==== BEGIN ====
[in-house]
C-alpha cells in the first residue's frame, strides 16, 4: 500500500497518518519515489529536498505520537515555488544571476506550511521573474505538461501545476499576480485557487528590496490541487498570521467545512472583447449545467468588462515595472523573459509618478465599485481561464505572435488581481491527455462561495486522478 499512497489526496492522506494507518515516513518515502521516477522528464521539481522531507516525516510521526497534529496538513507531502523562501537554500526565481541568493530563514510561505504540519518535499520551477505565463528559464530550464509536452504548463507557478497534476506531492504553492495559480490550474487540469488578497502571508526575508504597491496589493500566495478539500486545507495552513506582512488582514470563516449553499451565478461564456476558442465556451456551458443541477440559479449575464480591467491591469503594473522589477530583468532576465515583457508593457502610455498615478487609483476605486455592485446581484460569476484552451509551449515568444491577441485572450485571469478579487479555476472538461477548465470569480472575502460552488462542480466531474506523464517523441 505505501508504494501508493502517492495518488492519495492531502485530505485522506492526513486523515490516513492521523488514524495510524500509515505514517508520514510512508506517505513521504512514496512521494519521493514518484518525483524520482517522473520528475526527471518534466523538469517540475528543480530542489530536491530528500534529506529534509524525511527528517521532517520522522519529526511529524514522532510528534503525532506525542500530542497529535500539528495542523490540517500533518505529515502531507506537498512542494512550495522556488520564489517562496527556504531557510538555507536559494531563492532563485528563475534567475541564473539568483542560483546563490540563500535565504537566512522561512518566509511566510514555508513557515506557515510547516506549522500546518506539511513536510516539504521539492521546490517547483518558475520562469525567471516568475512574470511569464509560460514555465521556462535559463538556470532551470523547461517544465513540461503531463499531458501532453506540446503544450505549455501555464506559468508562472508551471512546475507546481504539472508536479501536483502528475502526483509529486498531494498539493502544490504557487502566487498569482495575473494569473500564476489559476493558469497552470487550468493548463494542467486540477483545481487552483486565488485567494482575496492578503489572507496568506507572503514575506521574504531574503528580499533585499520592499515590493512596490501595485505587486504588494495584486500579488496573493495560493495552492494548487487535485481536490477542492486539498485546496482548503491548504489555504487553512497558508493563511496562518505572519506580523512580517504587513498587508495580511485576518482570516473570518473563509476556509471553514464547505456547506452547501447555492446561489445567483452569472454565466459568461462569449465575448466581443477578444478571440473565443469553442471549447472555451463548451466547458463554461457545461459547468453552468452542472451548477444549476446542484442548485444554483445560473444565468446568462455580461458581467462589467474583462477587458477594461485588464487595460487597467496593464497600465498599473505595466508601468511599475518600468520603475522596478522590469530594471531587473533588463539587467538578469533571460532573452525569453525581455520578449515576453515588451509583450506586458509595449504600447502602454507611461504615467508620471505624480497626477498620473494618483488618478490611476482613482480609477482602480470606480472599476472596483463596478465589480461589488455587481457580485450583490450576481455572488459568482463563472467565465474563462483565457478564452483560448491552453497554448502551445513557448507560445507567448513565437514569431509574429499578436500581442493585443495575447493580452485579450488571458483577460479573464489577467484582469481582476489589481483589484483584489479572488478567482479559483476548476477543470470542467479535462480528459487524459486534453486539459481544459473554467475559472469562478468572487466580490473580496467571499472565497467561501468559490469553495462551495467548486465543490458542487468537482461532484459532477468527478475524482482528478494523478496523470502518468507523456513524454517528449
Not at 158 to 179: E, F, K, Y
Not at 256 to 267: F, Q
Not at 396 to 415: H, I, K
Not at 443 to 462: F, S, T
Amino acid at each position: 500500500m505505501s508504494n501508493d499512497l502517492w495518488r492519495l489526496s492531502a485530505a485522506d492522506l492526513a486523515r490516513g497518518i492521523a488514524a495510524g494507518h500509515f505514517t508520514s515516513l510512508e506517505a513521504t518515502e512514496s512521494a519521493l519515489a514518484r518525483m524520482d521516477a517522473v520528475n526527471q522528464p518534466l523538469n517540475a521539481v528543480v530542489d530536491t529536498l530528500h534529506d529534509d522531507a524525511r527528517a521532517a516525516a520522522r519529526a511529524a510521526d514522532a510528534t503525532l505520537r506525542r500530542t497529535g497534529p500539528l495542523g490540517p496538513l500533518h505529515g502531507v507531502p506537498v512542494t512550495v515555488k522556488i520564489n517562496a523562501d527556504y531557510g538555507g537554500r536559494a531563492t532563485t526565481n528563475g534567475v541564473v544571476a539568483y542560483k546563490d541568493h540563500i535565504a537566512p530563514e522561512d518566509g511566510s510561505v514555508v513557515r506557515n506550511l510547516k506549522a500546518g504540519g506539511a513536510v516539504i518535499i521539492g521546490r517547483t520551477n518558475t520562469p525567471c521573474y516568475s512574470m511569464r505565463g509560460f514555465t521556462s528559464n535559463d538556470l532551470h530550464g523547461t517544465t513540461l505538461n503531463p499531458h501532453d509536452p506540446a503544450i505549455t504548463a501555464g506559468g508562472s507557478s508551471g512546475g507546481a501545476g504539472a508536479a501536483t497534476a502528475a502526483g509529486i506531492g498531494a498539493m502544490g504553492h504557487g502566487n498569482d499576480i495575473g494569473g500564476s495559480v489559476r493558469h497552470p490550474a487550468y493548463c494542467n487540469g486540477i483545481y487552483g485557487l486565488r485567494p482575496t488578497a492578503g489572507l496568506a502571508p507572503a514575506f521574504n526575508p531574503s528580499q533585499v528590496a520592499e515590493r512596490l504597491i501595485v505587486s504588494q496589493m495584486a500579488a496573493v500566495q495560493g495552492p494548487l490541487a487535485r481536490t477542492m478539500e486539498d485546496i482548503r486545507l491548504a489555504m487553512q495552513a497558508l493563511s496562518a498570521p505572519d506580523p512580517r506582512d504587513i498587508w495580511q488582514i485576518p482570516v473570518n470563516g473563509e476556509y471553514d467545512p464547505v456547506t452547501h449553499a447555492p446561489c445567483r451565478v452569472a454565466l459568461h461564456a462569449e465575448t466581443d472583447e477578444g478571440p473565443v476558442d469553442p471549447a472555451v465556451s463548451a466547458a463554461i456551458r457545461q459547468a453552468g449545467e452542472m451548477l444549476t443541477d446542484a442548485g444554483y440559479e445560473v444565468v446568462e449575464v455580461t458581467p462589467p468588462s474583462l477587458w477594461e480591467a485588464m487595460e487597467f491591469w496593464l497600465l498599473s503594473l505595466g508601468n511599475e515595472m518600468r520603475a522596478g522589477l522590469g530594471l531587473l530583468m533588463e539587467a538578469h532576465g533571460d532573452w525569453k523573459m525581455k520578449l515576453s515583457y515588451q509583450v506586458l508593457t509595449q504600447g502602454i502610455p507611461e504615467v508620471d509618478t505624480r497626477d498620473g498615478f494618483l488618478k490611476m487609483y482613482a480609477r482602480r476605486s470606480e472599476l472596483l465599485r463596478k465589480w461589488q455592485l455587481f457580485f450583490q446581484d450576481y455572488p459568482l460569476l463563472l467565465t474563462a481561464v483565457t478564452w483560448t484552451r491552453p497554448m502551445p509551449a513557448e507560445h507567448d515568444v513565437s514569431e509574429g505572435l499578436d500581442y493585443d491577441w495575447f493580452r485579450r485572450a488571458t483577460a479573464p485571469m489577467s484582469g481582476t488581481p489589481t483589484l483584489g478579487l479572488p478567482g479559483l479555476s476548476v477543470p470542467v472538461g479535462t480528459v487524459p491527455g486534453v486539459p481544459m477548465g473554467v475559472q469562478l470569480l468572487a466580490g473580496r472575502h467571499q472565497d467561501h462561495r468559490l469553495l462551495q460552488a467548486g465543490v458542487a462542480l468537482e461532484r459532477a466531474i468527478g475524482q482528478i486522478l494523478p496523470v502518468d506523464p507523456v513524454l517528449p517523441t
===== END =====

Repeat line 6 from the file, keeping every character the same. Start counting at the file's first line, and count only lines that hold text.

Not at 443 to 462: F, S, T